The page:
— Idle Thoughts of an Idle Fellow • Jerome K. Jerome

... had just struck, he went in and knocked at the front door. Inside the garden hedge, he could see that the house, though unpretentious enough, was larger and more luxurious than it looked at first, and was quite a different kind of place from a porter's lodge. A dog-kennel and a beehive stood outside, like symbols of old English country-life; the moon was rising behind a plantation of prosperous pear trees, the dog that came out of the kennel was reverend-looking and reluctant to bark; and the plain, elderly man-servant ...
— The Wisdom of Father Brown • G. K. Chesterton

... All at once he realised that he was ashamed of himself—ashamed of his ignorance, his awkwardness, his brutality—and with the shame there awoke the slow anger of a sullen beast. Fate had driven him like a whipped hound to the kennel, but he could still snarl back his defiance from the shadow of his obscurity. The strong masculine beauty of his face—the beauty, as Cynthia had said, of the young David—confronted him in the little ...
— The Deliverance; A Romance of the Virginia Tobacco Fields • Ellen Glasgow

... dog's down there, that's all," said the injured Bill. "He's evidently mistook it for his kennel, and I don't wonder at it. I thought he'd been ...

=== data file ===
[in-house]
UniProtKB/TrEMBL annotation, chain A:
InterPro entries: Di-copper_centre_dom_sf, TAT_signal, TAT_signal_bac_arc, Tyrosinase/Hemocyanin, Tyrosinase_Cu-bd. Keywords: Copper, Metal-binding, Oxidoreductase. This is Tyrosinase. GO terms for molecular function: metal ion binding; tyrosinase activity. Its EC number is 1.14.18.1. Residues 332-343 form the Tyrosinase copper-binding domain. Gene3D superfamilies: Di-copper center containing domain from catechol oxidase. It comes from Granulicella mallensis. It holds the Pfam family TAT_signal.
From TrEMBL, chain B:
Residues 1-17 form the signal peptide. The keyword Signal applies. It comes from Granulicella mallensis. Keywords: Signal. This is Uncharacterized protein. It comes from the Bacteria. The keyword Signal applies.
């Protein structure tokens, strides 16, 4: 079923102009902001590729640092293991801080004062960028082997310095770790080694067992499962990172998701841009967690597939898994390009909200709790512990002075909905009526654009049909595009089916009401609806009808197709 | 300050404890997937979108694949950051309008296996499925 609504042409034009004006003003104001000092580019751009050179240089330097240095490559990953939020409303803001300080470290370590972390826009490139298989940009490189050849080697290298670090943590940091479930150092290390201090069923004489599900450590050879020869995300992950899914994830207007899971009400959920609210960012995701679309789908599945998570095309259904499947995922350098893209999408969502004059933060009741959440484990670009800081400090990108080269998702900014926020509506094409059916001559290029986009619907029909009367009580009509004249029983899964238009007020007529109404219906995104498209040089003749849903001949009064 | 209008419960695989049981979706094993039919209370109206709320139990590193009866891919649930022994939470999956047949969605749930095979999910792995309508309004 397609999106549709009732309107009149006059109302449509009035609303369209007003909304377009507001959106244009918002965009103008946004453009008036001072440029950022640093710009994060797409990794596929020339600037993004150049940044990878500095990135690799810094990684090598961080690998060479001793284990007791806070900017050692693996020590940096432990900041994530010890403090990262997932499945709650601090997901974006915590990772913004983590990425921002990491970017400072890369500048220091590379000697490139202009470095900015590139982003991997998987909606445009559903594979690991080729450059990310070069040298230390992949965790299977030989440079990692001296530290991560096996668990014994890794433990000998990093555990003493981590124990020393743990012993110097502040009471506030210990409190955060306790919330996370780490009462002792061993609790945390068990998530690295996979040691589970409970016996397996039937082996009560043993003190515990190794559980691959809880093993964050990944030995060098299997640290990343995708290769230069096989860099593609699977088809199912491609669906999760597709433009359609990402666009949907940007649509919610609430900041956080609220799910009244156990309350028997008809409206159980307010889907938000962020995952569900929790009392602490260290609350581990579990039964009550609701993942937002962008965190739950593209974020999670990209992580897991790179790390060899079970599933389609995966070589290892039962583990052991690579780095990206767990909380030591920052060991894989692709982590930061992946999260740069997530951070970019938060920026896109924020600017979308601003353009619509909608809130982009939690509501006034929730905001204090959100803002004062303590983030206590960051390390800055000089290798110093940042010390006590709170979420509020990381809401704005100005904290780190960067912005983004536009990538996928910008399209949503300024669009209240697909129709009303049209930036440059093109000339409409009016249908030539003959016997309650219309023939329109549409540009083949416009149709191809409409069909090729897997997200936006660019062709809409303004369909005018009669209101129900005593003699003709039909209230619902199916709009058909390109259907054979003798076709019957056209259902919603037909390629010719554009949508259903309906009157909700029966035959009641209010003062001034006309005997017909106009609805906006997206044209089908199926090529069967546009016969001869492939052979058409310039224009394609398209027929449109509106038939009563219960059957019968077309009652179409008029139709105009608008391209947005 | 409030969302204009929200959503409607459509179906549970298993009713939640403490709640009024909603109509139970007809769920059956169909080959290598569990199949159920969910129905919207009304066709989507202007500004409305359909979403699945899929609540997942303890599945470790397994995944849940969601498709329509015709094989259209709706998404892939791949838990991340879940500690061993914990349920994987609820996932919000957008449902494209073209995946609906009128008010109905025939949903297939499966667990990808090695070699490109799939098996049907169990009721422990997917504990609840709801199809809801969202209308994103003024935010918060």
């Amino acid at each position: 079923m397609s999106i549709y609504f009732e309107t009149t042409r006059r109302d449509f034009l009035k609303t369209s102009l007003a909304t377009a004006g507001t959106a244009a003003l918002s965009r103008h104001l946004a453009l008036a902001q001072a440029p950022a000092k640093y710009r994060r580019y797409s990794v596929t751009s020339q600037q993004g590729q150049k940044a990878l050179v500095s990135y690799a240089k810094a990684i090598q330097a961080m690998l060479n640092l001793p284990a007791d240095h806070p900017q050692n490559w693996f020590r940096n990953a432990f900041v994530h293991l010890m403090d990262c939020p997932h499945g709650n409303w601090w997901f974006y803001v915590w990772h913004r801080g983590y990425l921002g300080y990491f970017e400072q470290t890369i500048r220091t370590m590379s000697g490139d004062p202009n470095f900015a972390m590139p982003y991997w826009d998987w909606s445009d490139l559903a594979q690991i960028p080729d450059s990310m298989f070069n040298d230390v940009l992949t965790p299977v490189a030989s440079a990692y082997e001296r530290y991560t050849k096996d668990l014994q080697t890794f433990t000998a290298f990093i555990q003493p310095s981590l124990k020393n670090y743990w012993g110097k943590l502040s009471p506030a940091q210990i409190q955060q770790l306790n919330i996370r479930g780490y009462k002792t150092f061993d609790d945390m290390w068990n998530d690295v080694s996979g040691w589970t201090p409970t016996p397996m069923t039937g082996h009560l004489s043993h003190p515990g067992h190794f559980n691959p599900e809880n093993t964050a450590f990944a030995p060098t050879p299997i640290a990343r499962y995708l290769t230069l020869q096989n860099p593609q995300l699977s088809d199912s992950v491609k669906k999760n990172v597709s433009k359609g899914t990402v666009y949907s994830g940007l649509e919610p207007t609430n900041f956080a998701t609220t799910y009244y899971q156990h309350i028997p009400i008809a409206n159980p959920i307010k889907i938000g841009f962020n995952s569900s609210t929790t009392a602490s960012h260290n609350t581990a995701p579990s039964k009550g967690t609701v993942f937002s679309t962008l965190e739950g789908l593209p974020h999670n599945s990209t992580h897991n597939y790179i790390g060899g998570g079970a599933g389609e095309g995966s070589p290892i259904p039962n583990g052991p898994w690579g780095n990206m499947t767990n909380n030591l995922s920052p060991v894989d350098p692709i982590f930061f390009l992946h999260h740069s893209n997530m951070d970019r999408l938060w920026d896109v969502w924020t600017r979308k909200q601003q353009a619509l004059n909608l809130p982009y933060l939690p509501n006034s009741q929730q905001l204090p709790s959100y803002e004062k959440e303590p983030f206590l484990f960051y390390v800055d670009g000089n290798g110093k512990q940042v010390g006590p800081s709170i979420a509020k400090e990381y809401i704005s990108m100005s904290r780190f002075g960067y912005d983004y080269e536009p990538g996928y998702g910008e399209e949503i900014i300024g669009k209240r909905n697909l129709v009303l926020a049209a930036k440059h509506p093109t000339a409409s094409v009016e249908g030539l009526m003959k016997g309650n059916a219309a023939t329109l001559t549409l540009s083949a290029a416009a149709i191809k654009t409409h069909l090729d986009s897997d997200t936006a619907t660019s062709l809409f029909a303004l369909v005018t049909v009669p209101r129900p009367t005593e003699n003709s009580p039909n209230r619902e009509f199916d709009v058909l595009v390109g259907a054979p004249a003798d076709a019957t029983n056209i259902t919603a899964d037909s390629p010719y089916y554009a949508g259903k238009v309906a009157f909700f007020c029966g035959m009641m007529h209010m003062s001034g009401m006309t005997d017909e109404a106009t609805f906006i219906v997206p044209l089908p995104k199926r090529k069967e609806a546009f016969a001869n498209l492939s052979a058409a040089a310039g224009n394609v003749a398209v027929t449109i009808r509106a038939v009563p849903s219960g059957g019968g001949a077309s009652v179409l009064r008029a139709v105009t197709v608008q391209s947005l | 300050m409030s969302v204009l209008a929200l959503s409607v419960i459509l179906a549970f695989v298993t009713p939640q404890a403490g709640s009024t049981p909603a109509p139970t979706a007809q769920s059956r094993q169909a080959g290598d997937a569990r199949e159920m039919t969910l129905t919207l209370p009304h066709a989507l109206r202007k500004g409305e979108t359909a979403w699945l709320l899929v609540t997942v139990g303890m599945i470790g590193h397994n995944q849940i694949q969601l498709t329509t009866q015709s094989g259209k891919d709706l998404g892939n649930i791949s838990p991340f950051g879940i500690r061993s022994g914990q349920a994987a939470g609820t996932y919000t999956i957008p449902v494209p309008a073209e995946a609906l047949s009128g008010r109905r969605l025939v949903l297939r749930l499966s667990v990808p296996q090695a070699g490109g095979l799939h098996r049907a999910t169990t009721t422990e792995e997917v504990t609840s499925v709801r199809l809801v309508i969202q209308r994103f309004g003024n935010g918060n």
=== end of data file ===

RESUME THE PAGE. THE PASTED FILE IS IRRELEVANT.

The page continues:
— Many Cargoes • W.W. Jacobs

... the nocturnal crowd was dense upon the pavement. Before a certain restaurant, whose name will readily occur to any student of our Babylon, people were already packed so closely that passage had grown difficult; and Somerset, standing in the kennel, watched, with a hope that was beginning to grow somewhat weary, the faces and the manners of the crowd. Suddenly he was startled by a gentle touch upon the shoulder, and facing about, he was aware of a very plain ...
— The Works of Robert Louis Stevenson - Swanston Edition Vol. 5 (of 25) • Robert Louis Stevenson

... cabin with the boys after him, and presently indicated one of the small temporary cabins with a jerk of his thumb. As to whether his intentions were kindly or cruel, Madden could not determine, but their lodgment was a low kennel-like place, the smallest in the row. Nevertheless it was very clean and smelled of new lumber. It held four bunks, two on a side. The boys dropped their luggage inside with the pleasure ...
— The Cruise of the Dry Dock • T. S. Stribling

... thoroughly content to leave that for heaven; that body hath lost the name of a dwelling-house, because none dwells in it, and is making haste to lose the name of a body, and dissolve to putrefaction. Who would not be affected to see a clear and sweet river in the morning, grow a kennel of muddy land-water by noon, and condemned to the saltness of the sea by night? and how lame a picture, how faint a representation is that, of the precipitation of man's body to dissolution? Now all the parts built ...